A conveyancer’s failure to follow best practice contributed to a mortgage fraud, the Court of Appeal has ruled in a case described by lawyers as a ‘clarion call’ to ensure work is done professionally.
The High Court ruled last year that the now closed RA Legal, which had released £150,000 in purchase monies to a firm purporting to act for vendors without obtaining a legal charge, had acted in breach of trust.
But the judge relieved RA Legal of liability, applying Section 61 of the Trustee Act 1925. He held that the firm had acted ‘reasonably’ and its departure from best practice had not directly caused the loss.
In Santander v RA Legal the Court of Appeal overturned the ruling, stating that for the purposes of Section 61, a trustee’s departure from best practice may be sufficiently connected with a beneficiary’s loss if there is ‘some element of causative connection’.
Lord Justice Briggs said that connection falls short of ‘but for’ causation; instead there simply needs to be something about the trustee’s behaviour that materially contributes to the beneficiary’s loss in a wider sense.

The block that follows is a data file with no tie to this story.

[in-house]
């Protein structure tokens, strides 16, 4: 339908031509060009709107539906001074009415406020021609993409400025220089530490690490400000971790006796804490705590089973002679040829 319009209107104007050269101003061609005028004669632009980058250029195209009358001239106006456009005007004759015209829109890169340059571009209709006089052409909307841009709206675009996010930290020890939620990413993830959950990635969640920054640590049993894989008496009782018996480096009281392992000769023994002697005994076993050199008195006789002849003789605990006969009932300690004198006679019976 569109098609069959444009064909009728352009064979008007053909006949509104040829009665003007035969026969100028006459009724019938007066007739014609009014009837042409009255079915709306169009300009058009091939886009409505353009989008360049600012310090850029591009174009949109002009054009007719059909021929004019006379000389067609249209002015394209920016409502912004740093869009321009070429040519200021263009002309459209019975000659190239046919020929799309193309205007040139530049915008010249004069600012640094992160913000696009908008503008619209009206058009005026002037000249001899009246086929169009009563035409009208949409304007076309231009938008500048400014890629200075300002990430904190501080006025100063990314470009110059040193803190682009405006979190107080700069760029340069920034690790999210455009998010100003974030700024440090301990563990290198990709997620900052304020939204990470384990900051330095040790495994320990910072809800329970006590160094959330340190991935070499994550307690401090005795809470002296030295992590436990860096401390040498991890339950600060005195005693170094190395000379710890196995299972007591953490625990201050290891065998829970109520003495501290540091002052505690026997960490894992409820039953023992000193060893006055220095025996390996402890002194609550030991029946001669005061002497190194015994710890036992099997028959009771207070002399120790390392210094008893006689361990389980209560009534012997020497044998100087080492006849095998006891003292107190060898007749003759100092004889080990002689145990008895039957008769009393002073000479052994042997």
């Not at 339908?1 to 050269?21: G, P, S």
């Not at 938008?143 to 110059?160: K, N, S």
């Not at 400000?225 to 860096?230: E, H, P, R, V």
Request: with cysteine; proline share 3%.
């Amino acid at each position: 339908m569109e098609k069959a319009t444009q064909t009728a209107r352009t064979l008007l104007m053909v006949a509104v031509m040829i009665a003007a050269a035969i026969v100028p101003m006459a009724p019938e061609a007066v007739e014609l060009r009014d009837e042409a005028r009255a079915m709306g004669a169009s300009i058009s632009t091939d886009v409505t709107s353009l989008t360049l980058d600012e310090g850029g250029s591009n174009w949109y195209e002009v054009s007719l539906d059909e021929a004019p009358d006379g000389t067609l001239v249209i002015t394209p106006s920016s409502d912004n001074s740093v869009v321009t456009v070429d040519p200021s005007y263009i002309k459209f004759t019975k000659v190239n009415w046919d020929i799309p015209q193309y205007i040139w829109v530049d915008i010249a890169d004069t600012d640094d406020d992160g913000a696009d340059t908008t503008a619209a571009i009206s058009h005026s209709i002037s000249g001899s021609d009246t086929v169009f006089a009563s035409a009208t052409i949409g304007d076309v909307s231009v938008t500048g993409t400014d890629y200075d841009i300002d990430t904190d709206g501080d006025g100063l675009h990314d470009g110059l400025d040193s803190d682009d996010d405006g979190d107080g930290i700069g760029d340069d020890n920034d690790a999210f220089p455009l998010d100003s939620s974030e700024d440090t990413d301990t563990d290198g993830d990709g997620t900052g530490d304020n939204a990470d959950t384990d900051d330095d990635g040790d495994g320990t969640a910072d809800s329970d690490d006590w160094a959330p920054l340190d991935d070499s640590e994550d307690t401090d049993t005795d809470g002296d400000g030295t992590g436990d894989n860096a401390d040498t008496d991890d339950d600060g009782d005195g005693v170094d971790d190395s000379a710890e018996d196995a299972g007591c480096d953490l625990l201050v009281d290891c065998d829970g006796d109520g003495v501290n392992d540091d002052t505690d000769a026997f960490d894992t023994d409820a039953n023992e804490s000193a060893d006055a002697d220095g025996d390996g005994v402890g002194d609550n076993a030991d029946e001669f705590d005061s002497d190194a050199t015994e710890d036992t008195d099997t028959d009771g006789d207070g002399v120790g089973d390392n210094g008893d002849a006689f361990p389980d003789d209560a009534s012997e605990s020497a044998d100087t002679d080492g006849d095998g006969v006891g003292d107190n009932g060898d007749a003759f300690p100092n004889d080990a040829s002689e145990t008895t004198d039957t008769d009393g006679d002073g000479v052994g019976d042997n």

He said: ‘It would not be appropriate to exclude as irrelevant conduct which consisted of a departure from best or reasonable practice which increased the risk of loss caused by fraud, even if the court concludes that the fraudster would nonetheless have achieved his goal if the solicitor had acted reasonably.’
Steven Baker, solicitor in the litigation and dispute resolution team at Matthew Arnold & Baldwin, said the judgment is ‘crucial’ for lenders and purchasers in the fight against mortgage fraud.
Eddie Goldsmith, chairman of the Conveyancing Association, said the judgment confirms that a conveyancer’s conduct will be taken into account and that shoddy practice could have a bearing on a court’s decision to apply Section 61, relieving a firm from liability.
‘It is a clarion call for conveyancers to be professional and deal with transactions with great care, but there is an ambiguity about what is good practice,’ he said.